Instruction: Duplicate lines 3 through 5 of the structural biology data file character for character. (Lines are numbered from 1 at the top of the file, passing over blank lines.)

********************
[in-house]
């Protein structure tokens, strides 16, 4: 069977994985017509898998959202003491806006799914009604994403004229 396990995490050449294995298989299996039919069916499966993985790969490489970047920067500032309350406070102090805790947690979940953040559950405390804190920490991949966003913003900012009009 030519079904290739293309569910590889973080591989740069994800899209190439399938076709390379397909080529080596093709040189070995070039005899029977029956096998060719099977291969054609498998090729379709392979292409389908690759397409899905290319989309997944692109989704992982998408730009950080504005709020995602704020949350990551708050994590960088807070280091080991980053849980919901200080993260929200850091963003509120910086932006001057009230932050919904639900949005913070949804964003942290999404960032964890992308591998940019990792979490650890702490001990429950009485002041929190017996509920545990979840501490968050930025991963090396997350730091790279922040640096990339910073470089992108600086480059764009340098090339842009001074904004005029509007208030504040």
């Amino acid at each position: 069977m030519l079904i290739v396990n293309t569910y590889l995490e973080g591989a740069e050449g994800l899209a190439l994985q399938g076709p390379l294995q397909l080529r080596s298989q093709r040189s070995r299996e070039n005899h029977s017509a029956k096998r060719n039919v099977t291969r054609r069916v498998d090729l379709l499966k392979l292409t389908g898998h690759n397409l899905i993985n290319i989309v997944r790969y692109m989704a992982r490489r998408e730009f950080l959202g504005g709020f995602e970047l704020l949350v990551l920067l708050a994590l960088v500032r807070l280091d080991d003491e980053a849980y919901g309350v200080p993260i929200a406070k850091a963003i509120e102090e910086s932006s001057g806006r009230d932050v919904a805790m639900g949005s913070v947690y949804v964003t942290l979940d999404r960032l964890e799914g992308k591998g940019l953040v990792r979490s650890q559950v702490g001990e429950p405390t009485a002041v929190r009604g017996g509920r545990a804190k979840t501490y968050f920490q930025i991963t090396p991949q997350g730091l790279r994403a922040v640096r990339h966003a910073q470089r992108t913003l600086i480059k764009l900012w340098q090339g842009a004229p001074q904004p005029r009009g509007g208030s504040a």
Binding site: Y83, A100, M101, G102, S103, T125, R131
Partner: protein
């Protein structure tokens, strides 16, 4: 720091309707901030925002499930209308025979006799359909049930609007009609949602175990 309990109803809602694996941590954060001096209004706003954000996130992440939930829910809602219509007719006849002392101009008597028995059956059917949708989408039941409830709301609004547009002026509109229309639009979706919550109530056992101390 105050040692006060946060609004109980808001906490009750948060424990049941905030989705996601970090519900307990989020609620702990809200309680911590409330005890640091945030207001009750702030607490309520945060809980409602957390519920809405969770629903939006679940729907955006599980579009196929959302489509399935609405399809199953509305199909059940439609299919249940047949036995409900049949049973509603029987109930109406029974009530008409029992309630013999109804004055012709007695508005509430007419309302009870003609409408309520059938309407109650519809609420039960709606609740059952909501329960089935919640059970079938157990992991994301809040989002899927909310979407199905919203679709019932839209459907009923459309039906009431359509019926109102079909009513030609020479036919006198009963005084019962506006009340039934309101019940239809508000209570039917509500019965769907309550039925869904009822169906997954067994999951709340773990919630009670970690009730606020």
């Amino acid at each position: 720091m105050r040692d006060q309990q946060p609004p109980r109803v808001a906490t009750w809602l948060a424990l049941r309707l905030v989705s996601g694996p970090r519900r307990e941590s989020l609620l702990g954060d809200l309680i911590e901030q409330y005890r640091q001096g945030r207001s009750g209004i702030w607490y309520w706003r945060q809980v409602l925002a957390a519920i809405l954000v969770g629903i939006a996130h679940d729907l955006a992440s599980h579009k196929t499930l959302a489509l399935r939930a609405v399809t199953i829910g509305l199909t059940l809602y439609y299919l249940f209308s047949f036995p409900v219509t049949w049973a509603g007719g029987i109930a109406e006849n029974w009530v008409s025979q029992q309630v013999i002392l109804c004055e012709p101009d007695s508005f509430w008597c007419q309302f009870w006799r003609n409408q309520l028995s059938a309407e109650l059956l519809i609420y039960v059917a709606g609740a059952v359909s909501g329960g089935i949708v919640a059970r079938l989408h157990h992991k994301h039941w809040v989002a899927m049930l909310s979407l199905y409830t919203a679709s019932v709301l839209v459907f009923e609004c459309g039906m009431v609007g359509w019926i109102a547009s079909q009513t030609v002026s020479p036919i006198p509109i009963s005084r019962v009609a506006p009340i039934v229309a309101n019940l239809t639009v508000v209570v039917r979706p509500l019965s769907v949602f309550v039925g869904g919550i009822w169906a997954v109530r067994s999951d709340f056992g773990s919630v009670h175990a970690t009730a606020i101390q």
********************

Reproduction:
């Amino acid at each position: 069977m030519l079904i290739v396990n293309t569910y590889l995490e973080g591989a740069e050449g994800l899209a190439l994985q399938g076709p390379l294995q397909l080529r080596s298989q093709r040189s070995r299996e070039n005899h029977s017509a029956k096998r060719n039919v099977t291969r054609r069916v498998d090729l379709l499966k392979l292409t389908g898998h690759n397409l899905i993985n290319i989309v997944r790969y692109m989704a992982r490489r998408e730009f950080l959202g504005g709020f995602e970047l704020l949350v990551l920067l708050a994590l960088v500032r807070l280091d080991d003491e980053a849980y919901g309350v200080p993260i929200a406070k850091a963003i509120e102090e910086s932006s001057g806006r009230d932050v919904a805790m639900g949005s913070v947690y949804v964003t942290l979940d999404r960032l964890e799914g992308k591998g940019l953040v990792r979490s650890q559950v702490g001990e429950p405390t009485a002041v929190r009604g017996g509920r545990a804190k979840t501490y968050f920490q930025i991963t090396p991949q997350g730091l790279r994403a922040v640096r990339h966003a910073q470089r992108t913003l600086i480059k764009l900012w340098q090339g842009a004229p001074q904004p005029r009009g509007g208030s504040a």
Binding site: Y83, A100, M101, G102, S103, T125, R131
Partner: protein